Ken Wissoker of Duke UP says to “write for the fang[x]rls…”
If you weren’t one of the 100+ people able to make it to Ken Wissoker’s incredible Dissertation to First Book talk, don’t worry – I’ve got you covered. Wissoker, the Senior Executive Editor at Duke University Press & Director of Intellectual Publics here at the GC, spent 1.5 hours speaking & answering questions – all mediated by the indomitable Adashima Oyo – about the difficulties, anxieties, & myriad considerations that go into the process of turning your dissertation into a first book. Not only can you can catch the full talk on FI’s youtube channel anytime, you can always refer to this post for the highlights. You can also stop over at FI’s twitter to see some quotes live-tweeted by FI Fellow Coline Chevrin.
After Interim Co-Director Oyo’s welcome, Wissoker opened with 3 important caveats.
First, his number one piece of advice for those of us still finishing our dissertation? Don’t stop writing.
Number two: because of the world-wide precarity of higher-education & the university system, Wissoker argues that it’s actually a productive & proliferative time for writing & publishing. Because of the precarity of the university, interdisciplinarity in programs & writing – such as the work produced out of FI – is becoming increasingly necessary & sought after as folks strive to understand this urgent time. Thus, if something becomes popular, it tends to circulate rapidly. Wissoker argues that the preacrity of the university & the strife of the past few years have added up to a unique space of potential & possibility in writing & publishing that many writers have taken up in exciting ways.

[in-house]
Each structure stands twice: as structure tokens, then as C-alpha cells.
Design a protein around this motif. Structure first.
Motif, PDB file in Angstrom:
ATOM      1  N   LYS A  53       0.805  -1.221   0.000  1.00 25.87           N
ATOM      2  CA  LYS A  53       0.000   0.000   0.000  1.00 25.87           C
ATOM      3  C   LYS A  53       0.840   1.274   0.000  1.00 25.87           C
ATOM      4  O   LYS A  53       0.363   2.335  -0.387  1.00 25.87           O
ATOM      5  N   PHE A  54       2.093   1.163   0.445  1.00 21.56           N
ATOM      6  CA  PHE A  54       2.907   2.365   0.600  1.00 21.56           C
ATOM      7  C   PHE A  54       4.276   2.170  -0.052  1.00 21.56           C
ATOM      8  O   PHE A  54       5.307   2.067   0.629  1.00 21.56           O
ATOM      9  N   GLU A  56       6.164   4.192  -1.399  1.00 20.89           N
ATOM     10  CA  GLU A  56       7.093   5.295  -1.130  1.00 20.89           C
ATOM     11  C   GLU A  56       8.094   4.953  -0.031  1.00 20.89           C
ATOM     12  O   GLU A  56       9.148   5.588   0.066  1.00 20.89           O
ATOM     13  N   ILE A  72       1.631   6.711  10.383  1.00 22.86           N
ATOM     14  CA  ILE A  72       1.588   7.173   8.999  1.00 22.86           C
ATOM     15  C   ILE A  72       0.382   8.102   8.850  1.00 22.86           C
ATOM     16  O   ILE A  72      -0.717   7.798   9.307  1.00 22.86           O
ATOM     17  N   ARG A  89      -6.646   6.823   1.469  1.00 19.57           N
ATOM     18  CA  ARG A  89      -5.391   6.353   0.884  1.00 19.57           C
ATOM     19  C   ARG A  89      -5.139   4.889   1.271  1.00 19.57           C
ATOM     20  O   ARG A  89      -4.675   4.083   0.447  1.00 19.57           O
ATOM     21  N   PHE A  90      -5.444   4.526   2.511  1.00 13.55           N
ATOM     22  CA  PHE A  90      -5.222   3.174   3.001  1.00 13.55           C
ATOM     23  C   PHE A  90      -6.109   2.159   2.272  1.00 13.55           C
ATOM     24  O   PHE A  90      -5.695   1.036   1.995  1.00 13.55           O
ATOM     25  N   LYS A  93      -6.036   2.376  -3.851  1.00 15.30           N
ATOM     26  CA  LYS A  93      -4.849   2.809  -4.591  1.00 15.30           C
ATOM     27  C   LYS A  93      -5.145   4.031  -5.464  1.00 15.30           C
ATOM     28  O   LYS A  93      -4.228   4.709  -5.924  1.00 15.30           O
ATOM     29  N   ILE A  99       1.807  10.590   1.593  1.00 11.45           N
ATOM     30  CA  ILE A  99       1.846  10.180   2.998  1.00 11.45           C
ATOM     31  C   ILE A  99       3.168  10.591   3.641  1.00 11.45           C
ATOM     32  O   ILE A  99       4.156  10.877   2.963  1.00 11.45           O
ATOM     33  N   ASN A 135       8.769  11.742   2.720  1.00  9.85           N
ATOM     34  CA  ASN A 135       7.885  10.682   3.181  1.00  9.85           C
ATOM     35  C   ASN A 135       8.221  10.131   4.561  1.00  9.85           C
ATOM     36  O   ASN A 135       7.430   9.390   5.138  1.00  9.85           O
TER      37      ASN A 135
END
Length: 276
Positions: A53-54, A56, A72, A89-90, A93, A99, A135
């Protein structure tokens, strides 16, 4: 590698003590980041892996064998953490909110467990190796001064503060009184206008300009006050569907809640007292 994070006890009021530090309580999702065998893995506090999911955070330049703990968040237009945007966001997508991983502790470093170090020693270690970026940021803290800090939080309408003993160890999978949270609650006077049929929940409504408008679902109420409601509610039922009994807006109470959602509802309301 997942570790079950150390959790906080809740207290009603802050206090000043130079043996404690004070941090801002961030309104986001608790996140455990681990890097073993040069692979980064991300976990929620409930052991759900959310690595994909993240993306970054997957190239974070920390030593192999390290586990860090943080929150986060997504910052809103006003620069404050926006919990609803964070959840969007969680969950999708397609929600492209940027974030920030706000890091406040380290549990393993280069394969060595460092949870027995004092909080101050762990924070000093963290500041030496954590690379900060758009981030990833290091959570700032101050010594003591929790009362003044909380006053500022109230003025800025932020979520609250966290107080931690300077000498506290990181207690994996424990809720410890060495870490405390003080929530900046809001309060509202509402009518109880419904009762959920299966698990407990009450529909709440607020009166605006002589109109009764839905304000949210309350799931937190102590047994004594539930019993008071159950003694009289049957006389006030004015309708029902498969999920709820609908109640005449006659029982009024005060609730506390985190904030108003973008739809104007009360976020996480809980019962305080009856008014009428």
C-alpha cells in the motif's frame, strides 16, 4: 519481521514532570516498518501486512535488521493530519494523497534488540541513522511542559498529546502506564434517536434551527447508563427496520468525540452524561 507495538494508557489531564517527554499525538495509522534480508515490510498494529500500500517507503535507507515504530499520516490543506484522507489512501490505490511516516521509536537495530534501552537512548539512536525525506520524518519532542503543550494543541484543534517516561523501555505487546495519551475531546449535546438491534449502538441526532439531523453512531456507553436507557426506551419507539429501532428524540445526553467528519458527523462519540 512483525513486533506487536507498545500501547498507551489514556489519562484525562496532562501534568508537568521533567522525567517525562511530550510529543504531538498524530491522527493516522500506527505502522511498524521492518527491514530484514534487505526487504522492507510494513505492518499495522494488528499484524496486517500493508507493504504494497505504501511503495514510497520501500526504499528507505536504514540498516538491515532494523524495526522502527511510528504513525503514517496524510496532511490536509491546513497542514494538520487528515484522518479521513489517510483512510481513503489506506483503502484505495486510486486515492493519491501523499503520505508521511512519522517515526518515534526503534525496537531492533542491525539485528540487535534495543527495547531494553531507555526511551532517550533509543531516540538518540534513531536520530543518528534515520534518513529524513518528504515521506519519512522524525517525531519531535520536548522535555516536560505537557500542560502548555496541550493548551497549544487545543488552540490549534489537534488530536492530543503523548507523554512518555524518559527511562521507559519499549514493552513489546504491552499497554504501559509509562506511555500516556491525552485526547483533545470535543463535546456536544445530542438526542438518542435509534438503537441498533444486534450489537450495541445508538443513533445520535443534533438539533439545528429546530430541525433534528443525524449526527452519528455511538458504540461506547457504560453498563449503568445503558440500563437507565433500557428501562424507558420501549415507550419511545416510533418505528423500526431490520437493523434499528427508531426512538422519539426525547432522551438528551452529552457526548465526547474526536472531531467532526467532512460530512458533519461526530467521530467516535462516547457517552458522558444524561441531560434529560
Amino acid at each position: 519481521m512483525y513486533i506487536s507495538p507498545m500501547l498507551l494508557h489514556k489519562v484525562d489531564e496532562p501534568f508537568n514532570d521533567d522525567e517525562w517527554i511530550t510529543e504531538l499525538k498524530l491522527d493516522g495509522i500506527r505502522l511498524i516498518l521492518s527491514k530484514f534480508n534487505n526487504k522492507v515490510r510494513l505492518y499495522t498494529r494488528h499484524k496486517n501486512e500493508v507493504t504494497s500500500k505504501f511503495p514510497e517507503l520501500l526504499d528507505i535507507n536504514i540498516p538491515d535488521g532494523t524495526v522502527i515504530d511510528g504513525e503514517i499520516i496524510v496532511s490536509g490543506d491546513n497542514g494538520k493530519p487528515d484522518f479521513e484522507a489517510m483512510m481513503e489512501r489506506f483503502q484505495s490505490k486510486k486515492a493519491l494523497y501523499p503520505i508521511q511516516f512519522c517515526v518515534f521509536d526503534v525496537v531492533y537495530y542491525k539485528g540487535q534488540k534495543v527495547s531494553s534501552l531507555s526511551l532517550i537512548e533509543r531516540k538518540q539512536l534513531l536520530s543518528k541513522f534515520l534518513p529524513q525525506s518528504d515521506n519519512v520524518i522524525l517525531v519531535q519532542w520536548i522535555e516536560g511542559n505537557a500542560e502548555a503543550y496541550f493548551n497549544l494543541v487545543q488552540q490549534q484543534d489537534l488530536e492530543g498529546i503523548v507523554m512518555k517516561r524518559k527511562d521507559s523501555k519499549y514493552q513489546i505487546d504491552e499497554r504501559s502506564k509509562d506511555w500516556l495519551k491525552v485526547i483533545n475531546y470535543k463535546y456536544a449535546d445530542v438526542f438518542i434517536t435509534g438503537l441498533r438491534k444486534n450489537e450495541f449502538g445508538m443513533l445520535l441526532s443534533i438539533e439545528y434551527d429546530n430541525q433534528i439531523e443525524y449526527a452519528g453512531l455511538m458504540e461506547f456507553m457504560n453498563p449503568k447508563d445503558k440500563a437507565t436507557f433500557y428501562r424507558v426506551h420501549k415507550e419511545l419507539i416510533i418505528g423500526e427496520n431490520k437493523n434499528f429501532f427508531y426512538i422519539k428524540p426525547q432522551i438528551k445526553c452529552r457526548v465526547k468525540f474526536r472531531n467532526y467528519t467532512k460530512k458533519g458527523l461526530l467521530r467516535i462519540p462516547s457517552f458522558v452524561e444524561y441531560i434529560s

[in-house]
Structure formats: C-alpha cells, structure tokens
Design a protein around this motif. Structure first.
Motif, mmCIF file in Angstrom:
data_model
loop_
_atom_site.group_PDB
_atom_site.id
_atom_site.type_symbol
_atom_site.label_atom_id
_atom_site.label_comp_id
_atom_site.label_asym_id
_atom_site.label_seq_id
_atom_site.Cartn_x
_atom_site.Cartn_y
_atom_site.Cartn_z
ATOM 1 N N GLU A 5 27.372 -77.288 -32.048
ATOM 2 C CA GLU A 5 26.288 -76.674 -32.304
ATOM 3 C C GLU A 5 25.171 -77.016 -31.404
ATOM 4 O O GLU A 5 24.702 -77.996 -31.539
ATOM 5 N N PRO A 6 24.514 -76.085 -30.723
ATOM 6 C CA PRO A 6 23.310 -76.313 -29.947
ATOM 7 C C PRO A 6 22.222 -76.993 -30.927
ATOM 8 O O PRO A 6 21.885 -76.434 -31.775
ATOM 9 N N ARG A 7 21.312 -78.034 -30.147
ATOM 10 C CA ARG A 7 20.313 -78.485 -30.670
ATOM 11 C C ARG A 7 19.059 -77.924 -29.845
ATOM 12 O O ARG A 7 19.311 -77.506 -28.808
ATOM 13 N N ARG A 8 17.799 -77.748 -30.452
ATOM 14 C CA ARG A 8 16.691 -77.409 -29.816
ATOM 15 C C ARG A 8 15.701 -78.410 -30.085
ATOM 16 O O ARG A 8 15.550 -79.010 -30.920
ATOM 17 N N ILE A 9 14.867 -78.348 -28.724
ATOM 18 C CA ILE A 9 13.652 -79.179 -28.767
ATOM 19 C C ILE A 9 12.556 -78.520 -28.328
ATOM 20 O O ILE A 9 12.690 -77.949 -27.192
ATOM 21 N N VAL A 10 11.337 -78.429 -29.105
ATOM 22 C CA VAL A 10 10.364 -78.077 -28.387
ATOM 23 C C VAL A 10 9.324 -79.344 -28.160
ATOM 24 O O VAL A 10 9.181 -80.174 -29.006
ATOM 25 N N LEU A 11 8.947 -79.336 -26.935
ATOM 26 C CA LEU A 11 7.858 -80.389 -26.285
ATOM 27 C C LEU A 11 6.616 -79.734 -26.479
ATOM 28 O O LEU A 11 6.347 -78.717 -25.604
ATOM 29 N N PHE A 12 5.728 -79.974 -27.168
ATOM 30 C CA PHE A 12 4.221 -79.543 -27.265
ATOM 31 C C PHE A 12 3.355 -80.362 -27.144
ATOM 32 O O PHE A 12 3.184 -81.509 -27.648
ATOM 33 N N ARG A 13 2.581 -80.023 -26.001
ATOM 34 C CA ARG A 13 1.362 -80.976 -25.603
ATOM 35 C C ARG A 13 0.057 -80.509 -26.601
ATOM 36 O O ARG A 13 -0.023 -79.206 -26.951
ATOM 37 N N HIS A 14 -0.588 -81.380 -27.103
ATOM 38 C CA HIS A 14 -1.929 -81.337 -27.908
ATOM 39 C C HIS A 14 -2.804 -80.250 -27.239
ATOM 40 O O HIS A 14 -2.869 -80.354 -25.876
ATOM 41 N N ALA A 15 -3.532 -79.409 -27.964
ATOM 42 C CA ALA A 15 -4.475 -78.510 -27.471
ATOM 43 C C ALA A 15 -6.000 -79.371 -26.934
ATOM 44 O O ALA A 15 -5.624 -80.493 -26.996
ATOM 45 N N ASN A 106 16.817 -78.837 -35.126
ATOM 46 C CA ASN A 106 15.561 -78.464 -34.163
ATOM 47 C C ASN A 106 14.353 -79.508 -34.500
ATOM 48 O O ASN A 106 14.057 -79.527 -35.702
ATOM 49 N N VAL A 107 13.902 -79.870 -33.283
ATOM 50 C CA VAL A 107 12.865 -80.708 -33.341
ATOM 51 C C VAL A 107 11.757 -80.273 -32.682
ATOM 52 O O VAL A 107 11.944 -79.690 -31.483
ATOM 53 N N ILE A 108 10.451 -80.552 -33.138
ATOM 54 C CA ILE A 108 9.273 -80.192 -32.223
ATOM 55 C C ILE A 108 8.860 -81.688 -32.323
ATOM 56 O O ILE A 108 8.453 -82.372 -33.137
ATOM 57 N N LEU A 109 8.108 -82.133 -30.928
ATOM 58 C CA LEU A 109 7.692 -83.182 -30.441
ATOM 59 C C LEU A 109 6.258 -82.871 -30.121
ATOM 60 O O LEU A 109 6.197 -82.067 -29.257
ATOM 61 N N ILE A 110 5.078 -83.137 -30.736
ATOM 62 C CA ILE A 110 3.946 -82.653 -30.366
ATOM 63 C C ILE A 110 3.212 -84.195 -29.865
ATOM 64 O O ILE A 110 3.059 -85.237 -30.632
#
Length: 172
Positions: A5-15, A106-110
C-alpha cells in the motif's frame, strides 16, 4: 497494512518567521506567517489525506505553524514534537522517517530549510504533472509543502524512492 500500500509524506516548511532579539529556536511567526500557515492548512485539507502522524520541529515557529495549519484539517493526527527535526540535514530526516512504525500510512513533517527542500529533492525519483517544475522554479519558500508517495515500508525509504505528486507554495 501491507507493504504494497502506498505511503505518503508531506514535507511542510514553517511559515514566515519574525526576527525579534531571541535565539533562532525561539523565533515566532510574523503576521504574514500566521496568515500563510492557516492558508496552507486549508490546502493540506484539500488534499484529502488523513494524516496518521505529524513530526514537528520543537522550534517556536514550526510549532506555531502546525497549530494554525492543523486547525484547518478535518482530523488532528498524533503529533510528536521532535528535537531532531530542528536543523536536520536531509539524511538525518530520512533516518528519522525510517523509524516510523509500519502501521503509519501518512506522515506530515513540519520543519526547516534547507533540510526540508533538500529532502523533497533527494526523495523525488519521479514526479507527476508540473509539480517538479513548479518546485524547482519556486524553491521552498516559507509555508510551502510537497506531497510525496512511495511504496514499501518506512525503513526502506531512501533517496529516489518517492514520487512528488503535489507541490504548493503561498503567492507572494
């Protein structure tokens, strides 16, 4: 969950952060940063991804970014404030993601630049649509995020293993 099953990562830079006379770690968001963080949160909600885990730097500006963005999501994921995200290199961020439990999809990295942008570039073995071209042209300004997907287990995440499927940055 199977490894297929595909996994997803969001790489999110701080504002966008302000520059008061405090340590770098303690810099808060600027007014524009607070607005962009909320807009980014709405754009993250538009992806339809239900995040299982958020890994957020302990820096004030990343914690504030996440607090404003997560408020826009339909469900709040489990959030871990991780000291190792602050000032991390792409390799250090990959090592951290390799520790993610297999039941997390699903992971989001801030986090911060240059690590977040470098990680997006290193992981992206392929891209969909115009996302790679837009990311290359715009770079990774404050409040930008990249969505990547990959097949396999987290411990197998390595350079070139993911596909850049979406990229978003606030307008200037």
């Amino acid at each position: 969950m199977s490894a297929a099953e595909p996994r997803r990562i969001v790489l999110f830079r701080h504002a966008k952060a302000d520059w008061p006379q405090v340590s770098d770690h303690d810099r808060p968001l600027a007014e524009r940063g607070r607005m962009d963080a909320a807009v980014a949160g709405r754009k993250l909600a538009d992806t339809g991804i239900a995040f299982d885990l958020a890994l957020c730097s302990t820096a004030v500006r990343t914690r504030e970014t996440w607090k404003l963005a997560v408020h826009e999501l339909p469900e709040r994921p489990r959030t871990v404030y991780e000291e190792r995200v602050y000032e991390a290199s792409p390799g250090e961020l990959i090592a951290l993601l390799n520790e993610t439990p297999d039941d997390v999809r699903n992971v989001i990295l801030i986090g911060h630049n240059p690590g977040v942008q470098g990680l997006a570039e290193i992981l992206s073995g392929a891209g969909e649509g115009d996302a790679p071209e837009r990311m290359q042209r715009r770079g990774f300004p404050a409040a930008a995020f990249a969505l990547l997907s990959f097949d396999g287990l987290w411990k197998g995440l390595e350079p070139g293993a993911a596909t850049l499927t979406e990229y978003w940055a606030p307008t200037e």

Lastly, Wissoker is sure to mention that University Presses often only break even despite their best efforts, & depend on other mediums – such as journals or subsidies – to stay afloat. He encourages folks to think about the scale of their projects in relation to their departments.
Wissoker, led by a graceful Interim Co-Director Oyo & backed by a hard-working organizing team of FI Fellows, spent the remaining hour & change explaining the usefulness of thinking about the dissertation as a specific kind of genre, the transition from one genre to another in the process of dissertation-to-book, & answering initially curated questions from the FI Team – one contributed by Provost Steve Everett – before opening up to the wider audience. Check out a few of our favorite questions & answers below, but be sure to watch the full stream to gain the benefit of the array of topics Wissoker & the audience broached – from Wissoker’s ambivalence about book proposals to the purpose of a dissertation in the first place. (& to get his answers in his own words!)
Perhaps my favorite piece of advice from Wissoker? With all of the motivating factors urging scholars-learners to write & publish – job security, tenure, prestige – Wissoker encourages scholars-learners to put those reasons aside & write not only to figure you are & what you would like to say, but to find those with whom you resonate – to write for the “fang[x]rls”, (gender-neutralizing my own); in my own words, to write for those who experience connection, excitement, potential, & joy with, among, & alongside your work. A truly inspiring piece of advice when the university insists upon productivity, purpose, & constraint in every-thing.